One of the most common questions I am asked by taxpayers is “How long can the IRS try to collect my liability?” It’s a good question, and one that would seem to have a quick, easy answer. Judging purely by the length of this article, however, the answer is never as simple as it might seem. On Statutes of Limitation on Assessment and Collection With the full understanding that “It depends” is the least satisfying
A maxim for today: The Government giveth, but more often it taketh away. Within the last two weeks, I have been approached and asked by multiple folks, “Can the government take my tax refund?” In this Taxing, Briefly article, we’ll discuss offsetting tax refunds to pay other state and Federal obligations. If you overpay tax to the government (due to over withholding or some other fortuitous circumstance), you are entitled to a refund of this overpayment.
Background to Donation-Based Crowdfunding You’ve seen it on Facebook countless times. A tragedy occurs to a friend of a friend, and your (first level) friend sets up a GoFundMe page to raise money for the poor unfortunate souls. An old friend approached me not too long ago. Her brother needed an organ transplant, but because he majored in circus at Florida State (no joke…well, a circus major is, itself, a joke), her brother had no
In our previous post, we took a high level look at charitable contributions and deductions, including looking at what made an organization “qualified” to receive charitable contributions, when deductions might be limited, and special rules for valuing and reporting non-cash charitable contributions. In this post, “Beyond the Basics of Charitable Contributions,” we will dig a little bit deeper and look at some issues that might affect the deductibility of a contribution. Moving Beyond the Basics
Your grandmother Phyllis was a remarkable woman. Aside from making it out on the other side of Uncle Bill’s childhood with only moderate shell shock (which, I suppose, is referred to these days as PTSD), Phyllis was an intelligence agent in the United States Army towards the end of World War II, and you could remember her saying that, despite as “intelligent” as she may have been in the Army’s estimation, her good genes weren’t
When my son was two, his grandmother gave him a stuffed owl. Not a particularly creative toddler, he named the little owl Stuffy, and the name has stuck to this day. What does this have to do with the question “Can the IRS Take My Passport?” Patience…all will be revealed. He took the owl everywhere, which naturally led to many a calamity when Stuffy was inevitably misplaced. For my wife and I, Stuffy also had an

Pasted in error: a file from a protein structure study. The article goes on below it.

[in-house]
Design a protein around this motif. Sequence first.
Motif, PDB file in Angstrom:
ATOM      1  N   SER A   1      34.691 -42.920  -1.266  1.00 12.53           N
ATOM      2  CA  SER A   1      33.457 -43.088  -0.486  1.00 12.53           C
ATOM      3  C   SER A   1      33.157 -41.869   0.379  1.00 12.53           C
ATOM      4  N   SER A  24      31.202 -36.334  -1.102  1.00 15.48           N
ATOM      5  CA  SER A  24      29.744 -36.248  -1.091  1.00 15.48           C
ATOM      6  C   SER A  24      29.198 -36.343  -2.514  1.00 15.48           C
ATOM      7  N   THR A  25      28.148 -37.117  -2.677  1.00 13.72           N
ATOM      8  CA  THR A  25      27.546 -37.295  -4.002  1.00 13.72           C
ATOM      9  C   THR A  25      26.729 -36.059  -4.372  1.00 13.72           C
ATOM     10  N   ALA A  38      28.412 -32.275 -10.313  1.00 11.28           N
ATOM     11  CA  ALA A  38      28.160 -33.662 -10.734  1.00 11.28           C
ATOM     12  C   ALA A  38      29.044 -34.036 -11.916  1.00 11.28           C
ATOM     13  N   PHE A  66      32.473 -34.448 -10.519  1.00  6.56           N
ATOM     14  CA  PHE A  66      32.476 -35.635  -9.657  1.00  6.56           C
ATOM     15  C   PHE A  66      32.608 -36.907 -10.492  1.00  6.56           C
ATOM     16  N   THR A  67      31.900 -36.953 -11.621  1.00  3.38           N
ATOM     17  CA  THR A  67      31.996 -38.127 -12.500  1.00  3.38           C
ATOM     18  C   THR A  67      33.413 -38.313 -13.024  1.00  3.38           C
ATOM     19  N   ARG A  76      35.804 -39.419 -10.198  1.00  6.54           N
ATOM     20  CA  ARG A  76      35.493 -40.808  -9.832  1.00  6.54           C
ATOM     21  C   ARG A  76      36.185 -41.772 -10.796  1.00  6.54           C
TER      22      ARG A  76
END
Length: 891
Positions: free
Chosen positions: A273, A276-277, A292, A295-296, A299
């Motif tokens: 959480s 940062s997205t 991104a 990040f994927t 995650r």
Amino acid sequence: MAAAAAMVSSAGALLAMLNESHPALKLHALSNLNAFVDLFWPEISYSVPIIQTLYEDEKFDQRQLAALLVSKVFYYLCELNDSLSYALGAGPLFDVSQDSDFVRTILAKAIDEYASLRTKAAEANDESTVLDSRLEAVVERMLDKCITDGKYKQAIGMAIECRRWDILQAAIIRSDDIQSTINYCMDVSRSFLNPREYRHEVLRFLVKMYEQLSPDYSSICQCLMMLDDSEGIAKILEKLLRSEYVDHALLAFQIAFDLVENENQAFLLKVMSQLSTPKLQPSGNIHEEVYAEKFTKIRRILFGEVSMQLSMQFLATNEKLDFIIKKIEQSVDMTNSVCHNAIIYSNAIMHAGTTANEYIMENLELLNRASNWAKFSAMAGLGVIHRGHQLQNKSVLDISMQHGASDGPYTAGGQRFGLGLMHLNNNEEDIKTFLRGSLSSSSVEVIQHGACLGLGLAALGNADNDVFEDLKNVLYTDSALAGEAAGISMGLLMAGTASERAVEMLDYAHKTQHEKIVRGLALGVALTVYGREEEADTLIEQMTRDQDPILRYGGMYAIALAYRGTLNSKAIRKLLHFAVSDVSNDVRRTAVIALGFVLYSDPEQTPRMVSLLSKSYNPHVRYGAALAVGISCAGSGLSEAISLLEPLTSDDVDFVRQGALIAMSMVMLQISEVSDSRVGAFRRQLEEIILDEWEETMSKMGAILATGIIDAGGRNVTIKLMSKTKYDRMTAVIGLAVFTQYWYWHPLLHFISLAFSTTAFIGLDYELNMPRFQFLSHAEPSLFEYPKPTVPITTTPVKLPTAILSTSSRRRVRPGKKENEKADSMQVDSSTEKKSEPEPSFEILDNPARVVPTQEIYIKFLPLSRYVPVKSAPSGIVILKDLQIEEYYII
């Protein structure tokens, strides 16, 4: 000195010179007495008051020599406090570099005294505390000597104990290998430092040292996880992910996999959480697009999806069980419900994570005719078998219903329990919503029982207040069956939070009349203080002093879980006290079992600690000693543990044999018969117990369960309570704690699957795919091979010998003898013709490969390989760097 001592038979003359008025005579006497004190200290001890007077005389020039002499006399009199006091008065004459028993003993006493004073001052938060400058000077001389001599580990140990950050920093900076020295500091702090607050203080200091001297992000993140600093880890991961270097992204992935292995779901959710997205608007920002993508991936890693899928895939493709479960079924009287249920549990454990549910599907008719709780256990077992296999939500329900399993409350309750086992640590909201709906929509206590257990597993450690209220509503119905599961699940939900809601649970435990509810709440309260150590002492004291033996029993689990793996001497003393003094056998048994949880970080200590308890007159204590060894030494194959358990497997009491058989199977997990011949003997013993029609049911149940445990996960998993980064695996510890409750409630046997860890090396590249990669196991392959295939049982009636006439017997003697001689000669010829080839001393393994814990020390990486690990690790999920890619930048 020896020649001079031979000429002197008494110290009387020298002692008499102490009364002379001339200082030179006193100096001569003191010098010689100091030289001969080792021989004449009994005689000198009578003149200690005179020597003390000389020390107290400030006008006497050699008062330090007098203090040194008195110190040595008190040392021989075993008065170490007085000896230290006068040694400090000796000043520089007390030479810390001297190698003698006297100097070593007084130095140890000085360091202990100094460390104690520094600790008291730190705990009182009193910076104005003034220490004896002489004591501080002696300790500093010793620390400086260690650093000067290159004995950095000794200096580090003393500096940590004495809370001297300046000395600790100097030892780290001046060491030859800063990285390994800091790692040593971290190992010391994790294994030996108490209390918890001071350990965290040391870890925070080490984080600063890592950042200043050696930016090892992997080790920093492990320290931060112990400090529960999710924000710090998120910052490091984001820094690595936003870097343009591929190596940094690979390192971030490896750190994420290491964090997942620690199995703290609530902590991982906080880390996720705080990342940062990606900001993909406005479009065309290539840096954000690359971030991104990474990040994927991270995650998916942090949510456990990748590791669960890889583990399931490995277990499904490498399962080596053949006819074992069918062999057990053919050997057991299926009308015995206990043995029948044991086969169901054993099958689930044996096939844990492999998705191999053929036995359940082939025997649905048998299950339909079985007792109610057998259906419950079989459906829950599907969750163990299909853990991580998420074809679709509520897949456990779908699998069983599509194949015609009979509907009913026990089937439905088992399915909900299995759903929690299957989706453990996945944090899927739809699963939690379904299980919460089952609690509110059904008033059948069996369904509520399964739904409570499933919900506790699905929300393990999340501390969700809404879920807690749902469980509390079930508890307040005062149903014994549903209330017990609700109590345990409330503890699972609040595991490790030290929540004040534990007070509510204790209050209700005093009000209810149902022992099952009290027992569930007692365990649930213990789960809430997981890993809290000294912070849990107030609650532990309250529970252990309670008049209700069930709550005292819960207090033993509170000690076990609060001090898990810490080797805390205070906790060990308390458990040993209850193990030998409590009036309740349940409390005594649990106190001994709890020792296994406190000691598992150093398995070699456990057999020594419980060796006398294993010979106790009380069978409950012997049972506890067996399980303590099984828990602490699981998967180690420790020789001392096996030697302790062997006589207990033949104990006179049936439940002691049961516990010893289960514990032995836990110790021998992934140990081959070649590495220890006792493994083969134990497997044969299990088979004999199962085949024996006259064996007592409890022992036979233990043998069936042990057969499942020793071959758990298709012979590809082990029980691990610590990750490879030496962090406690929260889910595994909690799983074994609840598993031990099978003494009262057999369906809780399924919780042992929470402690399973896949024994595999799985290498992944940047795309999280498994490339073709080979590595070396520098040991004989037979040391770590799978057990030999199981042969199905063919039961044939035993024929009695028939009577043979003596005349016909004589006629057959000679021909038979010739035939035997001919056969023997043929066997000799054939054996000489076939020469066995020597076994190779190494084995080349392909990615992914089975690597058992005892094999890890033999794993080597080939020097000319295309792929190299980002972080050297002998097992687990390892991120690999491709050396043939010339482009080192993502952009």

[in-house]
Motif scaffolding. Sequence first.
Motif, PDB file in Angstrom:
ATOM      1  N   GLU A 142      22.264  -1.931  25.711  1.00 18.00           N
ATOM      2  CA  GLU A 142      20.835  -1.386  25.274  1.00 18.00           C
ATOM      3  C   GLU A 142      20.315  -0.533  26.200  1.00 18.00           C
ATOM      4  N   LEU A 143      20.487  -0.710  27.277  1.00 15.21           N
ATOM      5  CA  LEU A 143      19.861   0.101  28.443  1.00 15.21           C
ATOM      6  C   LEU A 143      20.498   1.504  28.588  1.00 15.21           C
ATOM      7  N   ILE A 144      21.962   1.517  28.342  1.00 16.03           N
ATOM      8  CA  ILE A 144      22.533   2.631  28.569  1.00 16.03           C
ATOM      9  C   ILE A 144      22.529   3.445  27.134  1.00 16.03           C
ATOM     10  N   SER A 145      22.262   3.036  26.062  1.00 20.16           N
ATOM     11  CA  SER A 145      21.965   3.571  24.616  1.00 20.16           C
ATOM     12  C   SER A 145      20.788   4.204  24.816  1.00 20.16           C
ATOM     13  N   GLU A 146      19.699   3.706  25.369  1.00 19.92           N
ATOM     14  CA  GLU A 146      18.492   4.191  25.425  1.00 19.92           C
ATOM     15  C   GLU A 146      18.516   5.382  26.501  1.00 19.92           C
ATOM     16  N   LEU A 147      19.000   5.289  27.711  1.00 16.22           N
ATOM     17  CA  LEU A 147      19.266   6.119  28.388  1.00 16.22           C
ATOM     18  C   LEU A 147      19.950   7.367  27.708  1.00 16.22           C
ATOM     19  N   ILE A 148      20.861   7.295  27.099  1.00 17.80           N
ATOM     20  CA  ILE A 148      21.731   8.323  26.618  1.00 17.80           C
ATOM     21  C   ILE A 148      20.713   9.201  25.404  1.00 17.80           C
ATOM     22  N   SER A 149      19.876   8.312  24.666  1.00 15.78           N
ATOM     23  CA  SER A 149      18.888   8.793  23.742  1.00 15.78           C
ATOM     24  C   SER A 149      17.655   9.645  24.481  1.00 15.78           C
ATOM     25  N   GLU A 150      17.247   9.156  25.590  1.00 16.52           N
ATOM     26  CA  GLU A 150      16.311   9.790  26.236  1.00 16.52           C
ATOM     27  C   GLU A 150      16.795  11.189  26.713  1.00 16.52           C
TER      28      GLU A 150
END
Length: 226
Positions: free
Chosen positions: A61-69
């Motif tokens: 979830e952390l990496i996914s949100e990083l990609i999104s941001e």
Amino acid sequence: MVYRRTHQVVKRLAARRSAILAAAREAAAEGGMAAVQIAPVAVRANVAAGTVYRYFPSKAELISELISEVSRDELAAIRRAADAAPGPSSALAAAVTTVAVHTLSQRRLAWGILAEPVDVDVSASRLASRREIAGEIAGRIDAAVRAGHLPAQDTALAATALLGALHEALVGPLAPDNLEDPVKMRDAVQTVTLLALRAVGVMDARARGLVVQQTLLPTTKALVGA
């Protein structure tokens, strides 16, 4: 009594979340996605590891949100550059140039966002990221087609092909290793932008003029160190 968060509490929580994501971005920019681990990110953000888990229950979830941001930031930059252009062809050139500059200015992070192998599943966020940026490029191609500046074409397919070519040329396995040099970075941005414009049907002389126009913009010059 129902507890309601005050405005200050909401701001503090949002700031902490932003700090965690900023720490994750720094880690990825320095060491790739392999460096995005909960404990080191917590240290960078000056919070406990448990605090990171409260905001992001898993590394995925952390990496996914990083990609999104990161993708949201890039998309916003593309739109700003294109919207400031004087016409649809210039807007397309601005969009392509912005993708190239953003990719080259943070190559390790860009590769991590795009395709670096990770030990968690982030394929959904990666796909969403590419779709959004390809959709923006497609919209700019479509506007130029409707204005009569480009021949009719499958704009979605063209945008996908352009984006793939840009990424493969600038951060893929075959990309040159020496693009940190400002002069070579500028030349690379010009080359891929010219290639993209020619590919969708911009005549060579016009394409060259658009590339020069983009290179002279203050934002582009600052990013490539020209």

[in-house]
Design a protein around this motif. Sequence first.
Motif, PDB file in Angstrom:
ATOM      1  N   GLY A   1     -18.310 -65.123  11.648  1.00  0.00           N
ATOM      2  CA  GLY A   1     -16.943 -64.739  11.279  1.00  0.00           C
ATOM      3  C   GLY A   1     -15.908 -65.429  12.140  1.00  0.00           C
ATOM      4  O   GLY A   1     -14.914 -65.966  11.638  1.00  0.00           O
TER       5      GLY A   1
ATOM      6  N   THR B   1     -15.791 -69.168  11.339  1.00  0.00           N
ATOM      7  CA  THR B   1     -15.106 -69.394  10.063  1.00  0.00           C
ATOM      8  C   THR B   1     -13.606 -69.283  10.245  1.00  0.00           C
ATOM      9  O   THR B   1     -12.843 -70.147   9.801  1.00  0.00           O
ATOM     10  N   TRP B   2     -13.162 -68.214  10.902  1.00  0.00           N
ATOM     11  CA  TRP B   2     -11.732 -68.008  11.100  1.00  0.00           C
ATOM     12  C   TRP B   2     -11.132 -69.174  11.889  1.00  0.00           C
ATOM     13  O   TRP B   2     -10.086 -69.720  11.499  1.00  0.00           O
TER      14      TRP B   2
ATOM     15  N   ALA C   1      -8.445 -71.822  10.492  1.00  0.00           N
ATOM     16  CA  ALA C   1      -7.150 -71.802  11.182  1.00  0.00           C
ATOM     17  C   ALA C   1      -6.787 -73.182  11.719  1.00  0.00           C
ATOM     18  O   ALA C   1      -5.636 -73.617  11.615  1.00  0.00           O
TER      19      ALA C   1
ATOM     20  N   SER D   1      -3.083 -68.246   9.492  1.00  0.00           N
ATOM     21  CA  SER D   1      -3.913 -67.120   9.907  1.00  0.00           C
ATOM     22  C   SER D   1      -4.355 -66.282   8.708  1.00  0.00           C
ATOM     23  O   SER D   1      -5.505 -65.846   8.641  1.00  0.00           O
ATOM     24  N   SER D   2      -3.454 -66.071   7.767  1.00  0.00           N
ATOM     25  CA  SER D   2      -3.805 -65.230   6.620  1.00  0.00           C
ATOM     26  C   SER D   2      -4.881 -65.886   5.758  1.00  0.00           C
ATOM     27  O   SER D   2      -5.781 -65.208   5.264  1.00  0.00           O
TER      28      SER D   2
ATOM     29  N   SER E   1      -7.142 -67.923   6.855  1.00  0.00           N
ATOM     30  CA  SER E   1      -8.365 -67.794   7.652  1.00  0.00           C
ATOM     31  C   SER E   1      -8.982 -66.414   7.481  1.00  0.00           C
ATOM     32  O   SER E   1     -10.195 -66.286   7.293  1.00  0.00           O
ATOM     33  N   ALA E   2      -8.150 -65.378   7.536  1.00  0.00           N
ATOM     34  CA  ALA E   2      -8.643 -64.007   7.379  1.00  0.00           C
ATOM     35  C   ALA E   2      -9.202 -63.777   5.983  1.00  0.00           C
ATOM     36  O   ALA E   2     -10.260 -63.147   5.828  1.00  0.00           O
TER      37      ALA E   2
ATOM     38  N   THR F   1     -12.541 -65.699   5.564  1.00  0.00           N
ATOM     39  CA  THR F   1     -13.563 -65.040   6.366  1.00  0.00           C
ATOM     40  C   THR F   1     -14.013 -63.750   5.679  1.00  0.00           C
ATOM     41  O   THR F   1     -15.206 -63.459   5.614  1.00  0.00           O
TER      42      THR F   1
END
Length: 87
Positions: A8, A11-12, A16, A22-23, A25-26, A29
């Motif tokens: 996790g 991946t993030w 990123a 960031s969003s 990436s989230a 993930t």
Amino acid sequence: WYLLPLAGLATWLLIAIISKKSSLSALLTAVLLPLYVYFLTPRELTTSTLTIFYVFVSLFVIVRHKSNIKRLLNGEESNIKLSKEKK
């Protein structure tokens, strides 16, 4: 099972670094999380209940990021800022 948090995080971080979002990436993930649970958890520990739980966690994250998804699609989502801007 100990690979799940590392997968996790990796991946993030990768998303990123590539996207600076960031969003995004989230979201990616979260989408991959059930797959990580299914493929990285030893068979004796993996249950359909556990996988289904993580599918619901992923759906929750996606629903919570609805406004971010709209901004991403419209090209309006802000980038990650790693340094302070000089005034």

I met a new client about a month ago. I was excited. It was the first in-person meeting I’d had for over a year due to COVID. The client had settled a lawsuit, and the settlement income—though taxable—had been reported incorrectly on her Form 1099-MISC, so that the IRS got it into its administrative head that it was subject to self-employment income. It wasn’t. The client’s total liability would have been about $10,000, which was
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On April 5, 2022, the Tax Court issued a Memorandum Opinion in the case of Salter v. Commissioner (T.C. Memo. 2022-29). The primary issues presented in Salter v. Commissioner were (i) whether the Code section providing exception from imposition of additional tax resulting from early distribution from retirement plan applied;
On April 4, 2022, the Tax Court issued a Memorandum Opinion in the case of Middleton v. Commissioner (T.C. Memo. 2022-28). The primary issues presented in Middleton v. Commissioner were (i) whether the taxpayer could challenge the Trust Fund Recovery Penalty at his CDP hearing; and (ii) whether the taxpayer
On March 31, 2022, the Tax Court issued a Memorandum Opinion in the case of Villanueva v. Commissioner (T.C. Memo. 2022-27). The primary issue presented in Villanueva v. Commissioner was whether the petitioner was entitled to a net operating loss deduction. Held: Sorry, Edgardo, not today. Background to Villanueva v.
On March 29, 2022, the Tax Court issued a Memorandum Opinion in the case of Golditch v. Commissioner (T.C. Memo. 2022-26). The primary issues presented in Golditch v. Commissioner were (i) whether the taxpayer was permitted to challenge his underlying tax liability at CDP hearing; (ii) whether the taxpayer’s argument
On March 28, 2022, the Tax Court issued a Memorandum Opinion in the case of Porter v. Commissioner (T.C. Memo. 2022-25). The primary issues presented in Porter v. Commissioner were whether (i) delays in examination and litigation were attributable to IRS officer or could significantly be attributed to taxpayer; and
On March 28, 2022, the Tax Court issued a Memorandum Opinion in the case of Addis v. Commissioner (T.C. Memo. 2022-24). The primary issue presented in Addis v. Commissioner was whether the frivolous taxpayer’s CDP rights had been violated. Held: Not quite, Jonah. Mr. Addis’s 2014 Tax Reporting On March